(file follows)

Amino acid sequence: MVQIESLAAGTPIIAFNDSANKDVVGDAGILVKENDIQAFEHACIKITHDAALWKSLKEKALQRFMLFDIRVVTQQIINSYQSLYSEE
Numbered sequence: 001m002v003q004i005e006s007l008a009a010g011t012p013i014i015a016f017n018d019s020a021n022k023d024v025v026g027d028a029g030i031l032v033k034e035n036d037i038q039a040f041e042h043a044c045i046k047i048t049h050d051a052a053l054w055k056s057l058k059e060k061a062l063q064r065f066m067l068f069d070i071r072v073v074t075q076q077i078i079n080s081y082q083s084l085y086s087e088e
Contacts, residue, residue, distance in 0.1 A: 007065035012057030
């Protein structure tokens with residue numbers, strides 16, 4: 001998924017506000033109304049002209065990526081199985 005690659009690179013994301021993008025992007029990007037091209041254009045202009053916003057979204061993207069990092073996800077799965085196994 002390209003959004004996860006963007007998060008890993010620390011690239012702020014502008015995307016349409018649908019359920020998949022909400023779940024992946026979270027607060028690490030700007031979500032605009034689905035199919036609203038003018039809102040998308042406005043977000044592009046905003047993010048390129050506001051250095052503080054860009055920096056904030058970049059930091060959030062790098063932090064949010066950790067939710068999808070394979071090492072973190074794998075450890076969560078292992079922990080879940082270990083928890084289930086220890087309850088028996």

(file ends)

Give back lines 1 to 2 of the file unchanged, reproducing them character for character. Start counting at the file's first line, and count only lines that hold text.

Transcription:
Amino acid sequence: MVQIESLAAGTPIIAFNDSANKDVVGDAGILVKENDIQAFEHACIKITHDAALWKSLKEKALQRFMLFDIRVVTQQIINSYQSLYSEE
Numbered sequence: 001m002v003q004i005e006s007l008a009a010g011t012p013i014i015a016f017n018d019s020a021n022k023d024v025v026g027d028a029g030i031l032v033k034e035n036d037i038q039a040f041e042h043a044c045i046k047i048t049h050d051a052a053l054w055k056s057l058k059e060k061a062l063q064r065f066m067l068f069d070i071r072v073v074t075q076q077i078i079n080s081y082q083s084l085y086s087e088e